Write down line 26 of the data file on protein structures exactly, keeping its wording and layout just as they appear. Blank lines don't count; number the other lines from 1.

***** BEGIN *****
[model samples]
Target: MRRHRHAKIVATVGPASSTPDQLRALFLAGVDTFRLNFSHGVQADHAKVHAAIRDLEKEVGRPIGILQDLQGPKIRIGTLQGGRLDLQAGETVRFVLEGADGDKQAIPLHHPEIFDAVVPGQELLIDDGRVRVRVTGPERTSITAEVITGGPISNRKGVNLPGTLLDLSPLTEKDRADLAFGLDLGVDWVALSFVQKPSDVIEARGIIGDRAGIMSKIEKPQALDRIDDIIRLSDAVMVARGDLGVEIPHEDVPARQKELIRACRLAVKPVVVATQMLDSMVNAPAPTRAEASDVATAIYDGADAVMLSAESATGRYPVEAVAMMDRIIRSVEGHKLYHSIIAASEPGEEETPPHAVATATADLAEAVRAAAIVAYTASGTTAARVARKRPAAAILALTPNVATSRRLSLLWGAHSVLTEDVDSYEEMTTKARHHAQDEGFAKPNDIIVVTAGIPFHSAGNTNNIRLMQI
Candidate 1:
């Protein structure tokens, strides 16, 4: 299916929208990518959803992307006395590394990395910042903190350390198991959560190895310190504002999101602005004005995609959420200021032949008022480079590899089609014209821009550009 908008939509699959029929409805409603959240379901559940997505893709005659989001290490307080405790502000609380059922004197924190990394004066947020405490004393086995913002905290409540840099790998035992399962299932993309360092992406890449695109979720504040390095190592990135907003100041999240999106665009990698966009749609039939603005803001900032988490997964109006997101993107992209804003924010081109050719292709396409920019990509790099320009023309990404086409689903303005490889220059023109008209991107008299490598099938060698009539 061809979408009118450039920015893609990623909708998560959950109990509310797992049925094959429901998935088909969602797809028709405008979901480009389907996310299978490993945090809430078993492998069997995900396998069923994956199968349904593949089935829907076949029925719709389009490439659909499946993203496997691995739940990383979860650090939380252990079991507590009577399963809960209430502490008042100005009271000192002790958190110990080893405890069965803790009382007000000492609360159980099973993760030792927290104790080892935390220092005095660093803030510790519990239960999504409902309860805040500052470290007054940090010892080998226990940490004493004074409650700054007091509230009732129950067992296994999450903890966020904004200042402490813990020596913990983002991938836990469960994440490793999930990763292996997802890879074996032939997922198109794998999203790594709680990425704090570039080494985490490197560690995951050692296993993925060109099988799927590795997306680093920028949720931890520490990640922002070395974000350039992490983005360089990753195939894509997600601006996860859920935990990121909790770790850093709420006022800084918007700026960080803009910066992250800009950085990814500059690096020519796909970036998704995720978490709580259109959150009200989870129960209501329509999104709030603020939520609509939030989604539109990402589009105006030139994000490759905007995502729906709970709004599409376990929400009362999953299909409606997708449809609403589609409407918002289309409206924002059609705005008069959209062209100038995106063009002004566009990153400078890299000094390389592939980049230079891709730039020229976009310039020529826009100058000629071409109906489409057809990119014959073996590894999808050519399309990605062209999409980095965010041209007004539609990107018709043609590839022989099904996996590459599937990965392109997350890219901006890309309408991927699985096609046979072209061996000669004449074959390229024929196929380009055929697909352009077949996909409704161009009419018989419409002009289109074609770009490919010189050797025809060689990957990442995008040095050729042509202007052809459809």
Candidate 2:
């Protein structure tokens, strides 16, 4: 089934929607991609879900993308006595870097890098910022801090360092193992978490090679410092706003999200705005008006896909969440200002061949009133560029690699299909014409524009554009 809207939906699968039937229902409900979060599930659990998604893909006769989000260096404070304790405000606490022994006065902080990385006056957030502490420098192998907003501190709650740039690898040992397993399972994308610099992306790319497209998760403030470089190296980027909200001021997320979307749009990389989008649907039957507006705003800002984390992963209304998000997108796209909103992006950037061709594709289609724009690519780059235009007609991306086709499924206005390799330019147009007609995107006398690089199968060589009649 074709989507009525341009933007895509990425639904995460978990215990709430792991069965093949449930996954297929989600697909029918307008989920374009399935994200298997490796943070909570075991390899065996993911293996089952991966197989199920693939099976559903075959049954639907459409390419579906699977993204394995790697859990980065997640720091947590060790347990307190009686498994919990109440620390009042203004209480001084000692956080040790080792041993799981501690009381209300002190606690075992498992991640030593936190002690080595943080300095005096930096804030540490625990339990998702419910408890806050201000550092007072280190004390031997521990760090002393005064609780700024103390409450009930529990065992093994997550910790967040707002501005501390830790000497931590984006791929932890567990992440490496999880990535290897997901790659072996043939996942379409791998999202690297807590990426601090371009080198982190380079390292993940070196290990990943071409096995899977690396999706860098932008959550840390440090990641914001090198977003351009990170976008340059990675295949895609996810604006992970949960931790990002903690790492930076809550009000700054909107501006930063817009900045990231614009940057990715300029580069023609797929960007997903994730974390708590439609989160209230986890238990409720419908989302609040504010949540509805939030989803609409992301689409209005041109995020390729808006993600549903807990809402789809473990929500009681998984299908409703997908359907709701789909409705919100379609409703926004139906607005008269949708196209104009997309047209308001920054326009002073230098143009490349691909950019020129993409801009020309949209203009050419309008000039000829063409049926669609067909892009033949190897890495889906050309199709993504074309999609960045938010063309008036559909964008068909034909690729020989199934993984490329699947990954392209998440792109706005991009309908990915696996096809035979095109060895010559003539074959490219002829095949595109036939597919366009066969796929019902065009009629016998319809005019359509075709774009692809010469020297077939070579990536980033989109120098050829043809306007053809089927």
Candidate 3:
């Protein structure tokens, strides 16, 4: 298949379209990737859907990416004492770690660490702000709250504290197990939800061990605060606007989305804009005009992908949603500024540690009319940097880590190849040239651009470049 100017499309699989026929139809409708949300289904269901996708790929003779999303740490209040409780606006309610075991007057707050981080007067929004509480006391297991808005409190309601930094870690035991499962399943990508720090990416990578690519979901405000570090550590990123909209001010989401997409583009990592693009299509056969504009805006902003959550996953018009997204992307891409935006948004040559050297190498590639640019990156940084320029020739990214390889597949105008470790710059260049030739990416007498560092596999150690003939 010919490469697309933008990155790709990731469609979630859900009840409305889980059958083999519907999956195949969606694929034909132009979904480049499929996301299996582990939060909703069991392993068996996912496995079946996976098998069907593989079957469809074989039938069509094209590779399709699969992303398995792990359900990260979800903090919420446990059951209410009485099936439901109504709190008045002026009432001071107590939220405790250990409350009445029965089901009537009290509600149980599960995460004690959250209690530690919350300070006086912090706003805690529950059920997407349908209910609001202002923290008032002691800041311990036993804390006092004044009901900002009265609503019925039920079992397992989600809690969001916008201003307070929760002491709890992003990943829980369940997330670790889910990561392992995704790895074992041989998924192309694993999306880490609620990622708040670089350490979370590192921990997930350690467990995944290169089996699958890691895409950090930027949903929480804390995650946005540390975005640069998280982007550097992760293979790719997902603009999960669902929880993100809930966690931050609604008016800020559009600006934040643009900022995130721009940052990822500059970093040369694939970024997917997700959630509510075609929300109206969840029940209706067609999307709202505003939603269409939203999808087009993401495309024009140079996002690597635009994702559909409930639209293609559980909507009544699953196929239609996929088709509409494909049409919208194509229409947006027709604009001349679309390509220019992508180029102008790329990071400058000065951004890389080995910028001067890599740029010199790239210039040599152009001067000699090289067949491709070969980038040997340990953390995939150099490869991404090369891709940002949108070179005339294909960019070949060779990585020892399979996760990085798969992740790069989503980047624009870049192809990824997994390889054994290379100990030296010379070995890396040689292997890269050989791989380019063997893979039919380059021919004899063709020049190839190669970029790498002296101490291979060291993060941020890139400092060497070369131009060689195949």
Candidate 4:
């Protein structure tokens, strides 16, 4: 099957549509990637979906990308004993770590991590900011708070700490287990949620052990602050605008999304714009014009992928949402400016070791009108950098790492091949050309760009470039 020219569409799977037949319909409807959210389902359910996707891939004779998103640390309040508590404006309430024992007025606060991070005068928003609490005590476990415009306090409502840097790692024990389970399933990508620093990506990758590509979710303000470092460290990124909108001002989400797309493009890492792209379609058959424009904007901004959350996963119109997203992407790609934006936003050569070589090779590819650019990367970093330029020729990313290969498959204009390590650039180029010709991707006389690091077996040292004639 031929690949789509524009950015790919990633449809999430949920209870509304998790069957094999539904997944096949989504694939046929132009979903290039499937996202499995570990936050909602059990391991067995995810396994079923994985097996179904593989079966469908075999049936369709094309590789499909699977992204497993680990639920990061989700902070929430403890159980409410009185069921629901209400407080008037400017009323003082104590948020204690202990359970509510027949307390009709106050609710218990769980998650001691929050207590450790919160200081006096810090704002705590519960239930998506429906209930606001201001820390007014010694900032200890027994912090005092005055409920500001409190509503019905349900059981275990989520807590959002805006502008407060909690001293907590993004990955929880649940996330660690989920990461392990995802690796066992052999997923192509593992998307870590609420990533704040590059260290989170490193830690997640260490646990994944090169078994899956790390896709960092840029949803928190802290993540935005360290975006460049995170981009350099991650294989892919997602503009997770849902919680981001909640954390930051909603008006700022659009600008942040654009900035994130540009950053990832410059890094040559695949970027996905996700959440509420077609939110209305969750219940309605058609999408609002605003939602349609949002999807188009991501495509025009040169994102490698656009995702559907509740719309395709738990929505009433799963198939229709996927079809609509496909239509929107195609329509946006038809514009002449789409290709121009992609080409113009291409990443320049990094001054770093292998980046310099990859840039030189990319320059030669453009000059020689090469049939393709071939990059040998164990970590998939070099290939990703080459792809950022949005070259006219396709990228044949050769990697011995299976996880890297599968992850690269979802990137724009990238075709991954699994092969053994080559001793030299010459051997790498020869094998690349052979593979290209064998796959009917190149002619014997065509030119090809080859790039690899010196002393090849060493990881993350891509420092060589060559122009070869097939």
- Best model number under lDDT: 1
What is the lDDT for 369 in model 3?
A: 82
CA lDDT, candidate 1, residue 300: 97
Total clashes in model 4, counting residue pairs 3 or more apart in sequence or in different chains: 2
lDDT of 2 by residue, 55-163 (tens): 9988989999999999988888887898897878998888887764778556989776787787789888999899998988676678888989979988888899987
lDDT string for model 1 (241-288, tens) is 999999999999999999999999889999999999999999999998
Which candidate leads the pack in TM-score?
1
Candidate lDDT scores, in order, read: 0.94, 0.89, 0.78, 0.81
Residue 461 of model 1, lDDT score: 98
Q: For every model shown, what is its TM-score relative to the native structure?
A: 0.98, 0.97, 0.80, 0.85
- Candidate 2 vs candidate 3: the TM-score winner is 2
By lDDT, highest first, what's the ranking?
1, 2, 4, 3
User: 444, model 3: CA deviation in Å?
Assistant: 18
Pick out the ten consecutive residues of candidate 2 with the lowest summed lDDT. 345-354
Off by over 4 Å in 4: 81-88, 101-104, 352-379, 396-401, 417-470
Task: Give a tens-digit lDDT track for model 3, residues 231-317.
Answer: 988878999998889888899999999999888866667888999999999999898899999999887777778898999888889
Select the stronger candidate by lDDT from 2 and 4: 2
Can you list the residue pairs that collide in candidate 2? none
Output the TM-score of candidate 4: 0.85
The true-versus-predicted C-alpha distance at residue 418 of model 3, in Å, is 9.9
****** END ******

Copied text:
1, 2, 4, 3